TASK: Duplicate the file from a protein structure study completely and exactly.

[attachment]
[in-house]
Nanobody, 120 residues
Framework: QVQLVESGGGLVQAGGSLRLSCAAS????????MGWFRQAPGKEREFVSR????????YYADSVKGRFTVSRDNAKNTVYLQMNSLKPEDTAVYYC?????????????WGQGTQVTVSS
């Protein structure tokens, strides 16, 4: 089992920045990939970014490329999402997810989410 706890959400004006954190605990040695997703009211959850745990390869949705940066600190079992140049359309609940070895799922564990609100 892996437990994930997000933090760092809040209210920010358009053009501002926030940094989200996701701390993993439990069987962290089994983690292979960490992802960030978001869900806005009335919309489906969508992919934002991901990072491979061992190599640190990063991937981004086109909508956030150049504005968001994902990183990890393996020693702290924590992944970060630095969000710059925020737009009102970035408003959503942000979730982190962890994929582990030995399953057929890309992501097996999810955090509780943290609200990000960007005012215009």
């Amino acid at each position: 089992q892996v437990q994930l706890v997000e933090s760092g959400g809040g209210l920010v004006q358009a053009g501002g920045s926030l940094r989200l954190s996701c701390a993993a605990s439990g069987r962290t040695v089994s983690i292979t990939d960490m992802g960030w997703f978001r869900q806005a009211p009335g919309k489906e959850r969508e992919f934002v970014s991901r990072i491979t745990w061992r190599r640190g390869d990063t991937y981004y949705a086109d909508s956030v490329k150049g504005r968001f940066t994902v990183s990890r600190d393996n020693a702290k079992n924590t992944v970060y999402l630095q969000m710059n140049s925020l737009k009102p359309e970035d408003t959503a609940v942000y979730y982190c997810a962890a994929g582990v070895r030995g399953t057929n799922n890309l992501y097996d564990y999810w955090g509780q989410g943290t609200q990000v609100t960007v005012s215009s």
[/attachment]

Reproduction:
[in-house]
Nanobody, 120 residues
Framework: QVQLVESGGGLVQAGGSLRLSCAAS????????MGWFRQAPGKEREFVSR????????YYADSVKGRFTVSRDNAKNTVYLQMNSLKPEDTAVYYC?????????????WGQGTQVTVSS
């Protein structure tokens, strides 16, 4: 089992920045990939970014490329999402997810989410 706890959400004006954190605990040695997703009211959850745990390869949705940066600190079992140049359309609940070895799922564990609100 892996437990994930997000933090760092809040209210920010358009053009501002926030940094989200996701701390993993439990069987962290089994983690292979960490992802960030978001869900806005009335919309489906969508992919934002991901990072491979061992190599640190990063991937981004086109909508956030150049504005968001994902990183990890393996020693702290924590992944970060630095969000710059925020737009009102970035408003959503942000979730982190962890994929582990030995399953057929890309992501097996999810955090509780943290609200990000960007005012215009």
């Amino acid at each position: 089992q892996v437990q994930l706890v997000e933090s760092g959400g809040g209210l920010v004006q358009a053009g501002g920045s926030l940094r989200l954190s996701c701390a993993a605990s439990g069987r962290t040695v089994s983690i292979t990939d960490m992802g960030w997703f978001r869900q806005a009211p009335g919309k489906e959850r969508e992919f934002v970014s991901r990072i491979t745990w061992r190599r640190g390869d990063t991937y981004y949705a086109d909508s956030v490329k150049g504005r968001f940066t994902v990183s990890r600190d393996n020693a702290k079992n924590t992944v970060y999402l630095q969000m710059n140049s925020l737009k009102p359309e970035d408003t959503a609940v942000y979730y982190c997810a962890a994929g582990v070895r030995g399953t057929n799922n890309l992501y097996d564990y999810w955090g509780q989410g943290t609200q990000v609100t960007v005012s215009s």